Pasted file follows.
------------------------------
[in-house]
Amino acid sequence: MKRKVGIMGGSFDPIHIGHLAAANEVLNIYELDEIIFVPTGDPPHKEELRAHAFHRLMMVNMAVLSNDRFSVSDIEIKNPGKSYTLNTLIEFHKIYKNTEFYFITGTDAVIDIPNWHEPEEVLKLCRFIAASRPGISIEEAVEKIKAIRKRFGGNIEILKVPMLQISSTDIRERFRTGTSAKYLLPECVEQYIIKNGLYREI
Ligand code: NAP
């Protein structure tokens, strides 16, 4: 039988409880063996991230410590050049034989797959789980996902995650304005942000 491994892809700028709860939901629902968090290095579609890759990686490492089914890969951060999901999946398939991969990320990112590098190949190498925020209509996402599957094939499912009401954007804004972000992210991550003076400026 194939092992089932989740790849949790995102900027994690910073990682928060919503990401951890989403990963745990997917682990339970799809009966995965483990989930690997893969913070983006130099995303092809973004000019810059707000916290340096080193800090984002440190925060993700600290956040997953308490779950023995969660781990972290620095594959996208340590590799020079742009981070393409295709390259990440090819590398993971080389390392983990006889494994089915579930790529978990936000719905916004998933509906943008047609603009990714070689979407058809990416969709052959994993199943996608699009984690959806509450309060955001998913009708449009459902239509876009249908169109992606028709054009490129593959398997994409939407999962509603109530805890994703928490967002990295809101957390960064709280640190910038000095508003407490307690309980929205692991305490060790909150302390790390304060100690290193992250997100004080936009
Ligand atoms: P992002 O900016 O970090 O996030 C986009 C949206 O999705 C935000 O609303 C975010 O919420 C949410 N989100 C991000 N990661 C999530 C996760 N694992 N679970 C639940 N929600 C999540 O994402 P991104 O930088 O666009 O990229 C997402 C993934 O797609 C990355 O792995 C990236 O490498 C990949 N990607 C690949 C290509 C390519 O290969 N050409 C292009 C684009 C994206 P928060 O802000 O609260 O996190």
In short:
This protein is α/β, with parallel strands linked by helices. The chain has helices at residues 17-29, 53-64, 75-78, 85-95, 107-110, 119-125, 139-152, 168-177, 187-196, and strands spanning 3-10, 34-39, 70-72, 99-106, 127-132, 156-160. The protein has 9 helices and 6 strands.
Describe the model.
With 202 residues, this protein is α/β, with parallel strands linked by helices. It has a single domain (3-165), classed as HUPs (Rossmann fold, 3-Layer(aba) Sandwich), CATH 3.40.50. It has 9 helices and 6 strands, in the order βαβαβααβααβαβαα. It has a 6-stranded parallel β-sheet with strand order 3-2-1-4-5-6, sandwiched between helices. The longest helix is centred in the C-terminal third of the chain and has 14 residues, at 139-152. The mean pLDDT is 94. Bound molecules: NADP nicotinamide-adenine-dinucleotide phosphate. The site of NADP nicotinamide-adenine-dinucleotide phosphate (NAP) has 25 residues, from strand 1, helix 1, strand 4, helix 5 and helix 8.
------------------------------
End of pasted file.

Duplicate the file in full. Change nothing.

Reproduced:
[in-house]
Amino acid sequence: MKRKVGIMGGSFDPIHIGHLAAANEVLNIYELDEIIFVPTGDPPHKEELRAHAFHRLMMVNMAVLSNDRFSVSDIEIKNPGKSYTLNTLIEFHKIYKNTEFYFITGTDAVIDIPNWHEPEEVLKLCRFIAASRPGISIEEAVEKIKAIRKRFGGNIEILKVPMLQISSTDIRERFRTGTSAKYLLPECVEQYIIKNGLYREI
Ligand code: NAP
């Protein structure tokens, strides 16, 4: 039988409880063996991230410590050049034989797959789980996902995650304005942000 491994892809700028709860939901629902968090290095579609890759990686490492089914890969951060999901999946398939991969990320990112590098190949190498925020209509996402599957094939499912009401954007804004972000992210991550003076400026 194939092992089932989740790849949790995102900027994690910073990682928060919503990401951890989403990963745990997917682990339970799809009966995965483990989930690997893969913070983006130099995303092809973004000019810059707000916290340096080193800090984002440190925060993700600290956040997953308490779950023995969660781990972290620095594959996208340590590799020079742009981070393409295709390259990440090819590398993971080389390392983990006889494994089915579930790529978990936000719905916004998933509906943008047609603009990714070689979407058809990416969709052959994993199943996608699009984690959806509450309060955001998913009708449009459902239509876009249908169109992606028709054009490129593959398997994409939407999962509603109530805890994703928490967002990295809101957390960064709280640190910038000095508003407490307690309980929205692991305490060790909150302390790390304060100690290193992250997100004080936009
Ligand atoms: P992002 O900016 O970090 O996030 C986009 C949206 O999705 C935000 O609303 C975010 O919420 C949410 N989100 C991000 N990661 C999530 C996760 N694992 N679970 C639940 N929600 C999540 O994402 P991104 O930088 O666009 O990229 C997402 C993934 O797609 C990355 O792995 C990236 O490498 C990949 N990607 C690949 C290509 C390519 O290969 N050409 C292009 C684009 C994206 P928060 O802000 O609260 O996190």
In short:
This protein is α/β, with parallel strands linked by helices. The chain has helices at residues 17-29, 53-64, 75-78, 85-95, 107-110, 119-125, 139-152, 168-177, 187-196, and strands spanning 3-10, 34-39, 70-72, 99-106, 127-132, 156-160. The protein has 9 helices and 6 strands.
Describe the model.
With 202 residues, this protein is α/β, with parallel strands linked by helices. It has a single domain (3-165), classed as HUPs (Rossmann fold, 3-Layer(aba) Sandwich), CATH 3.40.50. It has 9 helices and 6 strands, in the order βαβαβααβααβαβαα. It has a 6-stranded parallel β-sheet with strand order 3-2-1-4-5-6, sandwiched between helices. The longest helix is centred in the C-terminal third of the chain and has 14 residues, at 139-152. The mean pLDDT is 94. Bound molecules: NADP nicotinamide-adenine-dinucleotide phosphate. The site of NADP nicotinamide-adenine-dinucleotide phosphate (NAP) has 25 residues, from strand 1, helix 1, strand 4, helix 5 and helix 8.